Triathlon running shoes are one of the key items of triathlon gear. They can make a real difference to your run in terms of comfort, and whether you get injured or not. So it is important to choose well!
Choosing your shoes can be overwhelming as there are so many different ones available, all claiming to have special features that enhance performance.
Everyone’s feet are different, so whilst you could take advice from a fellow triathlete, you do need to make sure the shoes you get are right for your feet.
It is best to visit a specialist running shop or sports footwear retailer rather than a chain store. Getting advice from someone knowledgeable who understands what you need and can then pick out the best shoes for your foot type and running style is invaluable.
Have a read of this guide before you go shopping, so that you are not bamboozled by terminology in the shop!
If you have a question about running shoes then please just ask us. This guide will help you choose the triathlon running shoes that will allow you to run in comfort and stay injury free.
You need to choose your triathlon running shoes carefully. The biggest mistake you could make is to go for the cheapest ones you can find, or buy ones just because you like their colour or how they look.
When choosing a shoe you should make sure that it:
Your running gait is, in short, the way you run. You can have your gait analysed by a physiotherapist, podiatrist or biomechanist. Some specialist running shoe shops will have treadmills set up with cameras to film your running gait for a basic level of analysis.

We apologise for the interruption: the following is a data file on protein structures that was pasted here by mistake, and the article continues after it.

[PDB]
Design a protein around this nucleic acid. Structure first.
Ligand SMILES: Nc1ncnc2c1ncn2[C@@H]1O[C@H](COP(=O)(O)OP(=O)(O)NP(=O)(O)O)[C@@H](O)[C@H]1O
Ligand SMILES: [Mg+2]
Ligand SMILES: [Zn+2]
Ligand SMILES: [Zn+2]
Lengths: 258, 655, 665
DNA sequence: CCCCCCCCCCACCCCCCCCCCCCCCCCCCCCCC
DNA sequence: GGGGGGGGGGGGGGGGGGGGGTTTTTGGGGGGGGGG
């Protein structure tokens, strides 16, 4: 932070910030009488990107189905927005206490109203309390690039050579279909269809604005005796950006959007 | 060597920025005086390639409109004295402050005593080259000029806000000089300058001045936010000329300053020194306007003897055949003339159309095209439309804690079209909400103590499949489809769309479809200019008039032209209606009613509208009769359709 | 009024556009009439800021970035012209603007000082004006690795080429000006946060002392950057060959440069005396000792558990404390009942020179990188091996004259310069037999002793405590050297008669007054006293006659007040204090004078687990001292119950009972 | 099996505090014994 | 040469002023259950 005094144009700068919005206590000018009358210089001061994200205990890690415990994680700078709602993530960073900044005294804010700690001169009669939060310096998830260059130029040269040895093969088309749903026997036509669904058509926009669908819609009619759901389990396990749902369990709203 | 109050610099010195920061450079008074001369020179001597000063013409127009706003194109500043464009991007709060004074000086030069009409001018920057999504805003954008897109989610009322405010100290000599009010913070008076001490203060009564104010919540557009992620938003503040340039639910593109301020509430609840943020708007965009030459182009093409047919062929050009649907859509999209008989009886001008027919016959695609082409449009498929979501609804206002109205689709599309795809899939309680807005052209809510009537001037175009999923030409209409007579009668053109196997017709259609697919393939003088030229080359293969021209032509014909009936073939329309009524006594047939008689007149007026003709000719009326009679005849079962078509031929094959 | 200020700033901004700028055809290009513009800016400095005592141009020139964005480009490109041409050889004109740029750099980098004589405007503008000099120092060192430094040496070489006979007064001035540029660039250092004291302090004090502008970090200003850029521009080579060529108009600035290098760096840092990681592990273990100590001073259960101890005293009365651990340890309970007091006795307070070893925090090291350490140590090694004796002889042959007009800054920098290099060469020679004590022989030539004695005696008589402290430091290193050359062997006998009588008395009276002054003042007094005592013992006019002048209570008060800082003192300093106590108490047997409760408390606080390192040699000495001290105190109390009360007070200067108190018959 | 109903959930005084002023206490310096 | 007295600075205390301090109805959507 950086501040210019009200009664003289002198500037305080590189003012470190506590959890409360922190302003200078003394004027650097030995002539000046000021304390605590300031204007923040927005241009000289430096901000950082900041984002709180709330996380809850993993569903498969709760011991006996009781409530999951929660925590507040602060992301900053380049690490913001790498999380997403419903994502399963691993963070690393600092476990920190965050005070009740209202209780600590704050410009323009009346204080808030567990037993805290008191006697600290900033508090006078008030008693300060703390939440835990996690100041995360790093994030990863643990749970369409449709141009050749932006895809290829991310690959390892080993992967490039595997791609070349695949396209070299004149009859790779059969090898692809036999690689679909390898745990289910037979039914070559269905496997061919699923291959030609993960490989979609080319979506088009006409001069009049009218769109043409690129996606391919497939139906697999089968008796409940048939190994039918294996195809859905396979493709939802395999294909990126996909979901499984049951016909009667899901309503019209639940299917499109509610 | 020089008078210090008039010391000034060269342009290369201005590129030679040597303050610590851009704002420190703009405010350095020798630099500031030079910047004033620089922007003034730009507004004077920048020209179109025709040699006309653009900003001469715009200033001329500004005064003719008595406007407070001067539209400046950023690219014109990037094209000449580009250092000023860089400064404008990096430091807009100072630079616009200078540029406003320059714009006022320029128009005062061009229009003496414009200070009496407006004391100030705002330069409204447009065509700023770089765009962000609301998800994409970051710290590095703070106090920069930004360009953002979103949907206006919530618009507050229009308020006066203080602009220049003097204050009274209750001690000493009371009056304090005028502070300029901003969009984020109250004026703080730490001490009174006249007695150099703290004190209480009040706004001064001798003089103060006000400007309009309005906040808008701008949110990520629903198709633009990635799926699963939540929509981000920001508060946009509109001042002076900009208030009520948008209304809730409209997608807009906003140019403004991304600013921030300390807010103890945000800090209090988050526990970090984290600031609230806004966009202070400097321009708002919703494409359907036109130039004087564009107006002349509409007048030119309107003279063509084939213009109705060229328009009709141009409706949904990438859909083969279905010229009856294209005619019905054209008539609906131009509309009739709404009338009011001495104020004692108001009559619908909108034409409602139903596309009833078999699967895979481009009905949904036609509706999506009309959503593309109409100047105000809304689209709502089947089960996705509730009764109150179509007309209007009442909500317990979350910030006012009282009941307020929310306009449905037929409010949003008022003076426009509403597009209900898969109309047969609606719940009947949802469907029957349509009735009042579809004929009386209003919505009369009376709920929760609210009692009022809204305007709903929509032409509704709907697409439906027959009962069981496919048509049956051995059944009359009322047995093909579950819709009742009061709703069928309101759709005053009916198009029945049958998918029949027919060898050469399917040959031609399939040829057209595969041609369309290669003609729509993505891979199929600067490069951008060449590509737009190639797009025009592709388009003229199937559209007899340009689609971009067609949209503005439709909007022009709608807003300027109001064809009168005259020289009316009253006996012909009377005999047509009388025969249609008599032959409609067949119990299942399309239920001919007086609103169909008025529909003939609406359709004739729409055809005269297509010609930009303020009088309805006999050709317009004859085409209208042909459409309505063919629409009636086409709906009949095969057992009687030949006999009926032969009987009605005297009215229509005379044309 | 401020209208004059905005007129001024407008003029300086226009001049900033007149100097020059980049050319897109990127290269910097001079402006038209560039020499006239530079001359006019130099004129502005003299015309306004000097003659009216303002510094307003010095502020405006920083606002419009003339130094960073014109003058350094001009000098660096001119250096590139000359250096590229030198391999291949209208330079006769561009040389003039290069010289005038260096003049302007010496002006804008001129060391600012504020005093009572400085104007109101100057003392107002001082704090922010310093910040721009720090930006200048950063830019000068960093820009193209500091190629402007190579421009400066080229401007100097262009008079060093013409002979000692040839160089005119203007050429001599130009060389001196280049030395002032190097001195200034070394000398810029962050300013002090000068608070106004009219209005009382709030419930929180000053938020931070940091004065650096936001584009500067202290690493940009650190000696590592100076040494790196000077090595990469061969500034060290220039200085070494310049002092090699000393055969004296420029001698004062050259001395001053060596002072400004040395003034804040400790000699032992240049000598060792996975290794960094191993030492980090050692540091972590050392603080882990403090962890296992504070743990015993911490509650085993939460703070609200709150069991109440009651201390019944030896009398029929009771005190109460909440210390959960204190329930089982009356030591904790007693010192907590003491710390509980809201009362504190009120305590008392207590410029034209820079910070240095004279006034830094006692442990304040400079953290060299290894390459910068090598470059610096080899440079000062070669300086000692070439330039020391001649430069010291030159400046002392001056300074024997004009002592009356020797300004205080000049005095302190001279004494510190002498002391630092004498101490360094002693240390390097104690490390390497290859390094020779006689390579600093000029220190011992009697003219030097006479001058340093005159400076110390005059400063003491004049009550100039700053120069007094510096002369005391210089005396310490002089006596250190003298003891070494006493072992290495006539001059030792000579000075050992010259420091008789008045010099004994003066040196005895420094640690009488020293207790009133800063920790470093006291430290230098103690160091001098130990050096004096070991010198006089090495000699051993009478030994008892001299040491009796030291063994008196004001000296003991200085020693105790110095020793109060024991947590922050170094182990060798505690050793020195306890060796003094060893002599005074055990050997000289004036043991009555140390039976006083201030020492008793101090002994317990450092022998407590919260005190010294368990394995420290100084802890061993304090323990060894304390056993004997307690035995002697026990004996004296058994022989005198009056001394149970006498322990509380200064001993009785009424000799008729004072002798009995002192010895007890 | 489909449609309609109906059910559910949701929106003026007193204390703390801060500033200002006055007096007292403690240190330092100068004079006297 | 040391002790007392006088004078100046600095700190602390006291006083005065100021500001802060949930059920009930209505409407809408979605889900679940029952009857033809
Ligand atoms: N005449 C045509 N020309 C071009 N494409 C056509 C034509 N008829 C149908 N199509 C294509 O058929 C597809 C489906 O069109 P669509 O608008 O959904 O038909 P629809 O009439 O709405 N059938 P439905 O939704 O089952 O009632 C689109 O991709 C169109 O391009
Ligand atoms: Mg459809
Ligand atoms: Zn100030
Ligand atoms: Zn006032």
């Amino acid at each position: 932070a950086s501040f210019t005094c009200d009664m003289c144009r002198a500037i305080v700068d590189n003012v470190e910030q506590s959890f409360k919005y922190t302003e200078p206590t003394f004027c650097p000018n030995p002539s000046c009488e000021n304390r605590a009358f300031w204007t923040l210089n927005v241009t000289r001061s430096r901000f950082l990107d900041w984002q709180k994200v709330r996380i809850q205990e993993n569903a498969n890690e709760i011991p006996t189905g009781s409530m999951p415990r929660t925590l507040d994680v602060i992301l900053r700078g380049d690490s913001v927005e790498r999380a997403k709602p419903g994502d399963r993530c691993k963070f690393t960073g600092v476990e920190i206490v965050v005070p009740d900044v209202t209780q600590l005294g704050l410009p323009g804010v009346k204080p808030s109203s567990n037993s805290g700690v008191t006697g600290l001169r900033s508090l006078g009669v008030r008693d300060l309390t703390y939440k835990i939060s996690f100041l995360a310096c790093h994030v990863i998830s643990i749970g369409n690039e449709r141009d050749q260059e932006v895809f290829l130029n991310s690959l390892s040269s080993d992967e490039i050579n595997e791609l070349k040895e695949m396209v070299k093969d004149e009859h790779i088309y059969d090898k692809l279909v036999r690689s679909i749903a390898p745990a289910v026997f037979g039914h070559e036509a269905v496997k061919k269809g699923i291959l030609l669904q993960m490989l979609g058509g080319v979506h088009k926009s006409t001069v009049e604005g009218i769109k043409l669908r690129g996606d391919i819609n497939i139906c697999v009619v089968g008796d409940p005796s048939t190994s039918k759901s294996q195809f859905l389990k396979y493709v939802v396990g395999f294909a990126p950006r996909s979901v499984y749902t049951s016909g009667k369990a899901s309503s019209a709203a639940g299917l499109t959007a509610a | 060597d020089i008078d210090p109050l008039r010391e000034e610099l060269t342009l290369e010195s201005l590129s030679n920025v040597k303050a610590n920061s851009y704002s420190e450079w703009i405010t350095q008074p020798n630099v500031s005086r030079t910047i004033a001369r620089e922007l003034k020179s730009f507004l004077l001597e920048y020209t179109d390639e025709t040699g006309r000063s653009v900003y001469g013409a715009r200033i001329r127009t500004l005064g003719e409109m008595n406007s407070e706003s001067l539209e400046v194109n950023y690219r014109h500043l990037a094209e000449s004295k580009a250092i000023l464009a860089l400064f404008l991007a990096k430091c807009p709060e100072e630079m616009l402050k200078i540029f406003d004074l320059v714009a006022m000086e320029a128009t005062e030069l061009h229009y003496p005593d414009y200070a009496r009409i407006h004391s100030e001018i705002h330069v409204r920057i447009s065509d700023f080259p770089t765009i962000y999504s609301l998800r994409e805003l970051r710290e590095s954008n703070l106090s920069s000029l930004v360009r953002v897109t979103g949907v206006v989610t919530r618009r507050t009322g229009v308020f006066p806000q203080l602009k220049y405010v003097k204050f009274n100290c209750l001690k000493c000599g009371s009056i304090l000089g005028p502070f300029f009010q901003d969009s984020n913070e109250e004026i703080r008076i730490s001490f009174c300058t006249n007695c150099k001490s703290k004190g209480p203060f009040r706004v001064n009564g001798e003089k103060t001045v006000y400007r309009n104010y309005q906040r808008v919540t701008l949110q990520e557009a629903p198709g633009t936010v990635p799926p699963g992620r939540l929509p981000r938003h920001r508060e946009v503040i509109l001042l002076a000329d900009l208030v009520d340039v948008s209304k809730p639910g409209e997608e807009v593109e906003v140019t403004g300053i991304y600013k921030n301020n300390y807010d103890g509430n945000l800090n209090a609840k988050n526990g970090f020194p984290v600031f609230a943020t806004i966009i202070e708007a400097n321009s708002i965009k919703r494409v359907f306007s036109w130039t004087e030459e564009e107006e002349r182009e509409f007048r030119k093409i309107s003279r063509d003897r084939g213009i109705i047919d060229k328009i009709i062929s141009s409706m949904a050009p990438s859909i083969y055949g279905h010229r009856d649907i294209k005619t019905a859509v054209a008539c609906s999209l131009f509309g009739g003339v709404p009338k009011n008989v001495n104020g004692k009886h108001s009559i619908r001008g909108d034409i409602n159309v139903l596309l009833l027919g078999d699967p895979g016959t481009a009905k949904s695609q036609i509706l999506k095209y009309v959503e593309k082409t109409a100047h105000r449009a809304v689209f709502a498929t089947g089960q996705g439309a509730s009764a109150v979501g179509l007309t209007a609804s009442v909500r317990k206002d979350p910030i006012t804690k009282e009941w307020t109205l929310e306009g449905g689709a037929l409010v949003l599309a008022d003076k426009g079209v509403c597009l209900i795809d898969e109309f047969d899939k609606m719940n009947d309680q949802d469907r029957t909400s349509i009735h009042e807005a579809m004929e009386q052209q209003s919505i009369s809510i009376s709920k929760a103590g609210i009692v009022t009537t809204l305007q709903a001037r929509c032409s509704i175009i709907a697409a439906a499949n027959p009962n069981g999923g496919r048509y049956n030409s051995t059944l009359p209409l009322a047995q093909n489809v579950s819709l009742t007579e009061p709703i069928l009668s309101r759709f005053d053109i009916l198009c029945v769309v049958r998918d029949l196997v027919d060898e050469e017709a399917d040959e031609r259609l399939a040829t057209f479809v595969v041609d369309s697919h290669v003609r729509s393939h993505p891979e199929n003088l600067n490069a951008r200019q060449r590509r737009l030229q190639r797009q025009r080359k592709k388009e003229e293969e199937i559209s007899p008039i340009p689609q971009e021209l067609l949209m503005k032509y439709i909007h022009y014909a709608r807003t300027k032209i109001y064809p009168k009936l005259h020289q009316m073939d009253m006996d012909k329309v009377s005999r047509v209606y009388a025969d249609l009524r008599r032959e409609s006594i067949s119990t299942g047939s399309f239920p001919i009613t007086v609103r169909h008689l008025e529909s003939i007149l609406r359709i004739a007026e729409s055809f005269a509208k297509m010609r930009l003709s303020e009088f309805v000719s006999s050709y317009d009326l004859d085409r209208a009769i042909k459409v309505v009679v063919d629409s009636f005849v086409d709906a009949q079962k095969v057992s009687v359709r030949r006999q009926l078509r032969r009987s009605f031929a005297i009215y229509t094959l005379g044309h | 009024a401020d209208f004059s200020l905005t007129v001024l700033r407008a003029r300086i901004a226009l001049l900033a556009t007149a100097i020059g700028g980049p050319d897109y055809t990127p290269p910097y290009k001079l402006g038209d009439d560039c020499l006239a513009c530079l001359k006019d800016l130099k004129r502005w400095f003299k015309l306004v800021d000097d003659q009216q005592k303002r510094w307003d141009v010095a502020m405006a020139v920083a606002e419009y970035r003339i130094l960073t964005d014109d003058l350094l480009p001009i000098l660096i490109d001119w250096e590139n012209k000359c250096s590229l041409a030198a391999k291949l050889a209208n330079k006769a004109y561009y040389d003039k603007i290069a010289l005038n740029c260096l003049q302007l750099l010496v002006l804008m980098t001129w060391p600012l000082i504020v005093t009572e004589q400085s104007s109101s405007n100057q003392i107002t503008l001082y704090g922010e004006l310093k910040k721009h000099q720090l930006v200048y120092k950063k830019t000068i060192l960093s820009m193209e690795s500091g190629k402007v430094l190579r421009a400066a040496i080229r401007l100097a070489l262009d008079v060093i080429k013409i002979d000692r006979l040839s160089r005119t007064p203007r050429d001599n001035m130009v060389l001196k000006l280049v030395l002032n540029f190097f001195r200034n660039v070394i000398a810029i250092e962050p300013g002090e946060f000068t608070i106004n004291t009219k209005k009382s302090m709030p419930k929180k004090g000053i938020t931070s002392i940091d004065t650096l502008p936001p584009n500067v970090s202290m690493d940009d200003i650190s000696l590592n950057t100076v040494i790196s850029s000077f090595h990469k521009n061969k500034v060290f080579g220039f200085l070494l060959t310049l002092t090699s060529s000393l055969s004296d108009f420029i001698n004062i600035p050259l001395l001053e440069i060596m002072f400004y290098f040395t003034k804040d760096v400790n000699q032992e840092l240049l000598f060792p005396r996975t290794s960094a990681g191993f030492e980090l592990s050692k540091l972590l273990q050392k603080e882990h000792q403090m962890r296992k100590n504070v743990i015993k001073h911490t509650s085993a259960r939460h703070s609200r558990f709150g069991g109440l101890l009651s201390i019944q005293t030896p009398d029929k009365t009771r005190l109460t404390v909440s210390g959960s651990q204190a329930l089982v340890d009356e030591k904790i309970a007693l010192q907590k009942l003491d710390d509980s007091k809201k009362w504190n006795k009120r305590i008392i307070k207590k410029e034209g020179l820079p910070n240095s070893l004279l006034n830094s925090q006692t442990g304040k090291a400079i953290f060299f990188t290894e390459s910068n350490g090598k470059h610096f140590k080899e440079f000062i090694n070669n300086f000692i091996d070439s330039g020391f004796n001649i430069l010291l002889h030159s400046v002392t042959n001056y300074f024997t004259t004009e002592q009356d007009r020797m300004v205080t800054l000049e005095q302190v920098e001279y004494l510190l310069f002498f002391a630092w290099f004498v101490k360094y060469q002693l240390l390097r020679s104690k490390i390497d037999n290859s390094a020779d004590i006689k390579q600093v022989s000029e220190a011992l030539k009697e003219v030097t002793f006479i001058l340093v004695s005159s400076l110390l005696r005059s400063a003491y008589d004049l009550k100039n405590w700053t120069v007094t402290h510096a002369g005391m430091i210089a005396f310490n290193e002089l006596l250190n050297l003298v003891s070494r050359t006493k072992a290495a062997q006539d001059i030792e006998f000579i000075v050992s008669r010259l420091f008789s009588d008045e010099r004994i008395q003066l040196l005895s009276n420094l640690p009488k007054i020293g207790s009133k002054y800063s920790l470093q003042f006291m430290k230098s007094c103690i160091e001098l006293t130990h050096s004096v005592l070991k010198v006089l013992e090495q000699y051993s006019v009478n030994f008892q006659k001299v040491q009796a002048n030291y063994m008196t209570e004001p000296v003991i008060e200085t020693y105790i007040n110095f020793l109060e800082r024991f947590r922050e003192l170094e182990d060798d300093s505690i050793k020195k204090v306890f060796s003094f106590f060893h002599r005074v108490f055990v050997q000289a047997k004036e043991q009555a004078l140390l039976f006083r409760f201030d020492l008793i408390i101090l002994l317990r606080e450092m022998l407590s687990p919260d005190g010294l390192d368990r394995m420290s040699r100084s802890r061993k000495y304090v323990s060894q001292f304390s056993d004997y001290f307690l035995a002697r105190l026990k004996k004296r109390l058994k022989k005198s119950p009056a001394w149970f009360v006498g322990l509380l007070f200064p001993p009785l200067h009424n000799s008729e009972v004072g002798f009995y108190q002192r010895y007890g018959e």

If you have had foot, ankle, or knee injuries or problems such as shin splints, then it would be worth having your gait analysed by a qualified professional before choosing your running shoes.
They will look to see if you have any imbalances, weaknesses or specific areas of impact that might put you at risk of injury. They can then recommend the best type of running shoe for you.
You might even need orthotics (devices you insert into your triathlon running shoe to support or correct your feet).
Pronation occurs at the joint below the ankle, called the subtalar joint. It is the inward rolling of your foot from heel to toe through the foot strike. This acts as a cushioning mechanism and allows your foot to reduce the stress of impact.